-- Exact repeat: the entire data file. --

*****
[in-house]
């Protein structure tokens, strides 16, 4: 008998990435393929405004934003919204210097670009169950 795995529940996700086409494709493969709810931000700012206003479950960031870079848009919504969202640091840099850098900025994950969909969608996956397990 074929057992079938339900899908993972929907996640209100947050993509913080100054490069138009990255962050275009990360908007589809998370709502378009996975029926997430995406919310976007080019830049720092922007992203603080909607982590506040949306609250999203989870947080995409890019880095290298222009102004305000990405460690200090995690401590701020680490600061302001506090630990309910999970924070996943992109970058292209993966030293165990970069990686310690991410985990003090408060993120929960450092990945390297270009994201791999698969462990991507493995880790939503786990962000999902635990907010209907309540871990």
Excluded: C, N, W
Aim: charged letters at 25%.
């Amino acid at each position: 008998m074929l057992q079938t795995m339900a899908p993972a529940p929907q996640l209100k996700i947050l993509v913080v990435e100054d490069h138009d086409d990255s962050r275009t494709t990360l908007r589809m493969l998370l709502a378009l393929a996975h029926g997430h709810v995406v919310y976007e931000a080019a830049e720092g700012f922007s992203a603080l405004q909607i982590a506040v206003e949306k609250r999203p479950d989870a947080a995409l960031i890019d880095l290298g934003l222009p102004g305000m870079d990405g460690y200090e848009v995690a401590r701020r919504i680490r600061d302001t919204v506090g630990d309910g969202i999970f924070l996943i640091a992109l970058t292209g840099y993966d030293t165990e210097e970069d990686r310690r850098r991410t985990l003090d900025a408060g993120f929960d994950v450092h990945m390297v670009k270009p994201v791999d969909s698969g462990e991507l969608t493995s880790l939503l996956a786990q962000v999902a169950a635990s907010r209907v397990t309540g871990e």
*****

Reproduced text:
[in-house]
């Protein structure tokens, strides 16, 4: 008998990435393929405004934003919204210097670009169950 795995529940996700086409494709493969709810931000700012206003479950960031870079848009919504969202640091840099850098900025994950969909969608996956397990 074929057992079938339900899908993972929907996640209100947050993509913080100054490069138009990255962050275009990360908007589809998370709502378009996975029926997430995406919310976007080019830049720092922007992203603080909607982590506040949306609250999203989870947080995409890019880095290298222009102004305000990405460690200090995690401590701020680490600061302001506090630990309910999970924070996943992109970058292209993966030293165990970069990686310690991410985990003090408060993120929960450092990945390297270009994201791999698969462990991507493995880790939503786990962000999902635990907010209907309540871990």
Excluded: C, N, W
Aim: charged letters at 25%.
């Amino acid at each position: 008998m074929l057992q079938t795995m339900a899908p993972a529940p929907q996640l209100k996700i947050l993509v913080v990435e100054d490069h138009d086409d990255s962050r275009t494709t990360l908007r589809m493969l998370l709502a378009l393929a996975h029926g997430h709810v995406v919310y976007e931000a080019a830049e720092g700012f922007s992203a603080l405004q909607i982590a506040v206003e949306k609250r999203p479950d989870a947080a995409l960031i890019d880095l290298g934003l222009p102004g305000m870079d990405g460690y200090e848009v995690a401590r701020r919504i680490r600061d302001t919204v506090g630990d309910g969202i999970f924070l996943i640091a992109l970058t292209g840099y993966d030293t165990e210097e970069d990686r310690r850098r991410t985990l003090d900025a408060g993120f929960d994950v450092h990945m390297v670009k270009p994201v791999d969909s698969g462990e991507l969608t493995s880790l939503l996956a786990q962000v999902a169950a635990s907010r209907v397990t309540g871990e």